"In the 10 years that he served the UPA government, first as Solicitor General and then as Attorney General, he stood out in so many ways -- for the sheer dedication and rigour that he brought to his work, his meticulous attention to detail and, above all, his commitment to the cause of justice and truth," Gandhi wrote to the late jurist's son Essaji.
Vahanvati, who represented the UPA government in many high -profile cases, including those related to the allocation of coal blocks, passed away in Mumbai on September 2 following a heart attack. He was aged 65.
Sonia said he was an inspiring and much-loved mentor to generations of young lawyers, "generous with his help, advice and wise counsel". "I have no doubt the years of hard, unstinting effort he put into his work took a toll on his health," Gandhi said, referring to him as someone with a gentle demeanour that belied the strength and power of his legal briefs and arguments.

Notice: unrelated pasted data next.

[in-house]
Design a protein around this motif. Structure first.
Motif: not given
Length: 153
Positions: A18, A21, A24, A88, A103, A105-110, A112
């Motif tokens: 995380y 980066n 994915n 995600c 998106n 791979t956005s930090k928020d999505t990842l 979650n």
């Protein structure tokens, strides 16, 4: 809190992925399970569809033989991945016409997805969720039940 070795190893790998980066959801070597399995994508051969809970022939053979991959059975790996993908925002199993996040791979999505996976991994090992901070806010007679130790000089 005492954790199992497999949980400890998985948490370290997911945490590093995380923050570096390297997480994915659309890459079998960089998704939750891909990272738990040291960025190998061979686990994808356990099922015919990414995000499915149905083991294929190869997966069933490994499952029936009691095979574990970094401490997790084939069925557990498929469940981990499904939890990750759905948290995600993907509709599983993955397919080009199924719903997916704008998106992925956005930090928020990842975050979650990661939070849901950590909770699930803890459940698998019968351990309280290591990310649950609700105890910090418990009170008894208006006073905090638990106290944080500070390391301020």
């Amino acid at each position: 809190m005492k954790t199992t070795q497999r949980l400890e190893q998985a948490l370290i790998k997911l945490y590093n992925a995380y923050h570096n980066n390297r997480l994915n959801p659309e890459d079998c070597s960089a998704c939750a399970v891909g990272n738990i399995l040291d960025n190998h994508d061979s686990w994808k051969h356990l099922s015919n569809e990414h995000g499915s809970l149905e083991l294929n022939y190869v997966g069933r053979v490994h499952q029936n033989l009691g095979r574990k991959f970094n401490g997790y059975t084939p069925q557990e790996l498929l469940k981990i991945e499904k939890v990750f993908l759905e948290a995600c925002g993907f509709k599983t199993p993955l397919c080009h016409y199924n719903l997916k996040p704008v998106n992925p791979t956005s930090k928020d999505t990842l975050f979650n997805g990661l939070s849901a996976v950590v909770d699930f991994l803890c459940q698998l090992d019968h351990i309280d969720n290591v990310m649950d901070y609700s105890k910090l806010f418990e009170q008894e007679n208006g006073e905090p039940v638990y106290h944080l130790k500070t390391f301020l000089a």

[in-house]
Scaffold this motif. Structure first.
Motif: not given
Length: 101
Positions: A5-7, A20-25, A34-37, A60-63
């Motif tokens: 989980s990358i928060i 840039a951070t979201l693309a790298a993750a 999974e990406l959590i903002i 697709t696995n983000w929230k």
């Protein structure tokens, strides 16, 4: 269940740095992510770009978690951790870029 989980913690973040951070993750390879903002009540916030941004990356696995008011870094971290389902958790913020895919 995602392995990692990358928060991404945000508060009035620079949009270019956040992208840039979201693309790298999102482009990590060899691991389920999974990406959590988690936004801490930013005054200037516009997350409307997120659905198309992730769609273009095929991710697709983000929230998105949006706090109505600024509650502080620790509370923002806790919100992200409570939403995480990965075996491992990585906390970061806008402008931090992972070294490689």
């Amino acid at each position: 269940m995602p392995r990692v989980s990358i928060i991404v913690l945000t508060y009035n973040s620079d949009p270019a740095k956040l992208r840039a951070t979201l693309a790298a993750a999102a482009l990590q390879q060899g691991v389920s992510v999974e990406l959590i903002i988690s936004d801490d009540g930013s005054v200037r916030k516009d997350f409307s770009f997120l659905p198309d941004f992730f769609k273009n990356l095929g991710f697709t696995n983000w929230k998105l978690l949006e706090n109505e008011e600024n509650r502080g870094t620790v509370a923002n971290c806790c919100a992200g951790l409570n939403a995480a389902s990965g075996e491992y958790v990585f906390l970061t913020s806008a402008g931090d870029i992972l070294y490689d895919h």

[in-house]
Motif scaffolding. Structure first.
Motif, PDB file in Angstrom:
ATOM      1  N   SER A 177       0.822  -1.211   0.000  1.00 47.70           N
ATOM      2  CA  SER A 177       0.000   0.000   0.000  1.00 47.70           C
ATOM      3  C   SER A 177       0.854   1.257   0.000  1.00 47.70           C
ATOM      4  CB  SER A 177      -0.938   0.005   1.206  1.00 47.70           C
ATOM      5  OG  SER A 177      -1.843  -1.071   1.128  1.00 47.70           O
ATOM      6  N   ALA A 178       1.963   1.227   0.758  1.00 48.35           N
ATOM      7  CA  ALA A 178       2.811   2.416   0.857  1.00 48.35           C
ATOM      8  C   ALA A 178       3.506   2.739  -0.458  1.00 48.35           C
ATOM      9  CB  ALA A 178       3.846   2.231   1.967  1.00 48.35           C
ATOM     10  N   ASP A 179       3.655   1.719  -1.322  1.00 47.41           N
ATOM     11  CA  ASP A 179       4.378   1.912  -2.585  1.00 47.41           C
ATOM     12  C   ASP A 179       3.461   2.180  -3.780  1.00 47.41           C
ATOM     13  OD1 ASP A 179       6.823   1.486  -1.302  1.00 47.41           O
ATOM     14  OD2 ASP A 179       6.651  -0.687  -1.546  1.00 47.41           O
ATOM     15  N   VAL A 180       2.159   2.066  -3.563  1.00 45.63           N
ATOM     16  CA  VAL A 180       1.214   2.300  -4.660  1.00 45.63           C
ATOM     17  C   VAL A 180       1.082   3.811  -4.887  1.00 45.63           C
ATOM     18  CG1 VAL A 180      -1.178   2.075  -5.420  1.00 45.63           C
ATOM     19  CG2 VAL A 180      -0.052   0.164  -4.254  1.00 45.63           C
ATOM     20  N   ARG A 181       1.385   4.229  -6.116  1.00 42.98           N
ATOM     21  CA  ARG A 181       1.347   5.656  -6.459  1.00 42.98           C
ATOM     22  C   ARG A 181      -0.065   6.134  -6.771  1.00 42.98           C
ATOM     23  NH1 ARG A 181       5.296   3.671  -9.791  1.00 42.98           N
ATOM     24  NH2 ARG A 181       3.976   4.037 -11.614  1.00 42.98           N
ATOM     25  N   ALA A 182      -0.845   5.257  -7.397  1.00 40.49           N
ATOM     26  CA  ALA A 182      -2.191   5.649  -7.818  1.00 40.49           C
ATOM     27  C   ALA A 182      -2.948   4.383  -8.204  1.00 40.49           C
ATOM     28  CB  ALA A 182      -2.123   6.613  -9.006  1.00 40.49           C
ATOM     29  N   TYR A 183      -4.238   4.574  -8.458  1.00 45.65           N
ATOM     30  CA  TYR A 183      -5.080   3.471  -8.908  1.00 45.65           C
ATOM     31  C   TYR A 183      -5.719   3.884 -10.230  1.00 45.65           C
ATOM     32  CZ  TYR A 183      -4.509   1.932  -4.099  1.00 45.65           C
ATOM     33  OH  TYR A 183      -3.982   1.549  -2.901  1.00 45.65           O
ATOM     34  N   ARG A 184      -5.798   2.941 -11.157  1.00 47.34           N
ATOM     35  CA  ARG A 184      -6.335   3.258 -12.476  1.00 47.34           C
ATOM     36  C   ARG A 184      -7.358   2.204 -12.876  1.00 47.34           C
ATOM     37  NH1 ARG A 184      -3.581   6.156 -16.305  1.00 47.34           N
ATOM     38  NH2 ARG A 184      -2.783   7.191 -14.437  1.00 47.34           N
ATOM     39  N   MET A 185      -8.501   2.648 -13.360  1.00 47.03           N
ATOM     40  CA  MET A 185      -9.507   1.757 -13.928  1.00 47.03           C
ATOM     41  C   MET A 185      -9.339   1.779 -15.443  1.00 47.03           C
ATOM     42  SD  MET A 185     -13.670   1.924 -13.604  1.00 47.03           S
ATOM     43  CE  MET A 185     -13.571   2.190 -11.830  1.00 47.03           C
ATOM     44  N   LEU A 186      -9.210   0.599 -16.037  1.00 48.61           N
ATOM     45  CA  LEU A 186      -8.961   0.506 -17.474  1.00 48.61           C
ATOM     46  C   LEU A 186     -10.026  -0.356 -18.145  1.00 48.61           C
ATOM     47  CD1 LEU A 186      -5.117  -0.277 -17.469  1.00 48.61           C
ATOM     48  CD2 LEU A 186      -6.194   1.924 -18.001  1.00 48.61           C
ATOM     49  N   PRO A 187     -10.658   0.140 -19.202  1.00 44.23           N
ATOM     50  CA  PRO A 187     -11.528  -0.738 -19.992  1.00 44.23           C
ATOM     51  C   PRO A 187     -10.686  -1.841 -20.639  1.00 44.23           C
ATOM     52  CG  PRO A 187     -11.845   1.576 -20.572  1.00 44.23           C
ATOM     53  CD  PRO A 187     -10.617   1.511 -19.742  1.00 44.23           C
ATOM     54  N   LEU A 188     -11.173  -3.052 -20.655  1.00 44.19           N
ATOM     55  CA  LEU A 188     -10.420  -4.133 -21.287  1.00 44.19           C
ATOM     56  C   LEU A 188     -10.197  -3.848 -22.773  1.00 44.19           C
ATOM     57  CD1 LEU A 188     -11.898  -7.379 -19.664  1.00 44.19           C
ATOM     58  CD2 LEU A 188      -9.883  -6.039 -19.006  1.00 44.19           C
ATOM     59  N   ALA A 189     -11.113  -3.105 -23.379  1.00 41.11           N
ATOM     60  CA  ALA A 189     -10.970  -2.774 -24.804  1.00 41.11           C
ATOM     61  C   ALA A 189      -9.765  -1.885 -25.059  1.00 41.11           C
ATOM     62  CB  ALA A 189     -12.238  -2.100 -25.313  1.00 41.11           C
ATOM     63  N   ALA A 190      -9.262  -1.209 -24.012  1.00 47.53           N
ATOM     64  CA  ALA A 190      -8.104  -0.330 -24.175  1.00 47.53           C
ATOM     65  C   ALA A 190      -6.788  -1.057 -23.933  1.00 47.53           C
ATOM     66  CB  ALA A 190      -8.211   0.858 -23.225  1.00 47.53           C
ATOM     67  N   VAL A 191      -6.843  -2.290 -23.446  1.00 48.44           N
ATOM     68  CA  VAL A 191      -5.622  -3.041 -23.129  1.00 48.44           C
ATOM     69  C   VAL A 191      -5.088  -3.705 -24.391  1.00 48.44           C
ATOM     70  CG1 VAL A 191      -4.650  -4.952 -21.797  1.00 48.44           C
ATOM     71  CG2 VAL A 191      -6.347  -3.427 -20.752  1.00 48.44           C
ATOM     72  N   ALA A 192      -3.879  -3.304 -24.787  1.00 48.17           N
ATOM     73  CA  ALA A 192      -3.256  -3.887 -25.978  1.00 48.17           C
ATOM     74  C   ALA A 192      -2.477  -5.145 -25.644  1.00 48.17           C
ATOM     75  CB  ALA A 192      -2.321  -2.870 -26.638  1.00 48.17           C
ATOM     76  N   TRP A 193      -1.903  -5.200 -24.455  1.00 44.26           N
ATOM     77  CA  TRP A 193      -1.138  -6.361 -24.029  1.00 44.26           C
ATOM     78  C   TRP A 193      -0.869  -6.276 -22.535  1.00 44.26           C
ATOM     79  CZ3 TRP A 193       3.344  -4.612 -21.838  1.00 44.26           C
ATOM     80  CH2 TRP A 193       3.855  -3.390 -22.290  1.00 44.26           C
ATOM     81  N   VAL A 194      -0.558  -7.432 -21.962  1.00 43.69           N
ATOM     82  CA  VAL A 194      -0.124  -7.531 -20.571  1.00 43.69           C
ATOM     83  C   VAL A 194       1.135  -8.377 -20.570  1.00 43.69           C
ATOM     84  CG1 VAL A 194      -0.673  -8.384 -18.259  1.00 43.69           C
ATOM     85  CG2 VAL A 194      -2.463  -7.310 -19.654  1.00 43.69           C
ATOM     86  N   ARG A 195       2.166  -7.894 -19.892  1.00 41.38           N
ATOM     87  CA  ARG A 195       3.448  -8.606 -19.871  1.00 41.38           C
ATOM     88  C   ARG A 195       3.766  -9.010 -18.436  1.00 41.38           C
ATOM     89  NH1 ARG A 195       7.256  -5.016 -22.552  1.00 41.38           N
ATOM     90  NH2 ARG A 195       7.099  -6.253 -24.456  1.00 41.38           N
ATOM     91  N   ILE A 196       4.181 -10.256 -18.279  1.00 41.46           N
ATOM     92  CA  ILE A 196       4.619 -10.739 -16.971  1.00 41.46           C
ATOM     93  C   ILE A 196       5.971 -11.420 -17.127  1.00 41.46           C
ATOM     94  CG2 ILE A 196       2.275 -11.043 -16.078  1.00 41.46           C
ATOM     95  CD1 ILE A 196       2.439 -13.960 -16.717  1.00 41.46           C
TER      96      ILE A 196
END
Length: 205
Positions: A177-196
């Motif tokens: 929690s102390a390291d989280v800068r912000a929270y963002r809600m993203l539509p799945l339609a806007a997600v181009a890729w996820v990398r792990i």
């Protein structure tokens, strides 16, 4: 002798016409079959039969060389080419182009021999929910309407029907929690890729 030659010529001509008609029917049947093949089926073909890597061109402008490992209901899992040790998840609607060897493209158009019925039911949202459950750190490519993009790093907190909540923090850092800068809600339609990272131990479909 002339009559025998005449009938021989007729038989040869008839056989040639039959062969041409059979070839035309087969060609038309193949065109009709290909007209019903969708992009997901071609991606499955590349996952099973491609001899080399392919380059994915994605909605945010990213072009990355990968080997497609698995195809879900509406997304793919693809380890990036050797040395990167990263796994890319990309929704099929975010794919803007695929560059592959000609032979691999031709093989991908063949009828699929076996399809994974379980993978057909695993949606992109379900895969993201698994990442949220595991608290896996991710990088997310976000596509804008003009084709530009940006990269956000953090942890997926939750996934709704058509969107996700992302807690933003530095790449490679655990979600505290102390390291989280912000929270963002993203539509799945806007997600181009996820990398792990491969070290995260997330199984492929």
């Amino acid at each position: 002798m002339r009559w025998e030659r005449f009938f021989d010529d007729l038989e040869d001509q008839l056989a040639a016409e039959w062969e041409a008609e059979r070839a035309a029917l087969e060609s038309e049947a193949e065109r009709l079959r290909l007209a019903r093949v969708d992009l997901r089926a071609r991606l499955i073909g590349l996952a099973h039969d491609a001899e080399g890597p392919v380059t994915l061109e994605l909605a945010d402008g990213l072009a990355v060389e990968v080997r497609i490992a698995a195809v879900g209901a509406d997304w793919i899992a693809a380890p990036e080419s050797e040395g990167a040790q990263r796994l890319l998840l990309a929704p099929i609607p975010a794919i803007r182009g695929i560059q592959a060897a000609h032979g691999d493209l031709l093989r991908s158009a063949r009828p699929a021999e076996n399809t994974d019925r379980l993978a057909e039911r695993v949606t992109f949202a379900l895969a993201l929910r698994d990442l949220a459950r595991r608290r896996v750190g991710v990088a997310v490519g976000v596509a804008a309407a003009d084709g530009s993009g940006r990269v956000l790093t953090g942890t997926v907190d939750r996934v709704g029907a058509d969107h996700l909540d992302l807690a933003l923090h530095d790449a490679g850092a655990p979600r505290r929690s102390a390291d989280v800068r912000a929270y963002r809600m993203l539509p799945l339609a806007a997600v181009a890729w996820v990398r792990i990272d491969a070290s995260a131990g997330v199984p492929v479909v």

Noting that he lived life to its fullest, Sonia said that despite his devotion to work, Vahanvati took joy in all that life had to offer -- music, book, trees and flowers.
"You must draw consolation from the fact that you cared for him with utmost devotion in his months of ill-health and that now he is released from suffering. He leaves behind a rich legacy, both as a lawyer and a fine human being, and his memory will always be honoured," Gandhi said.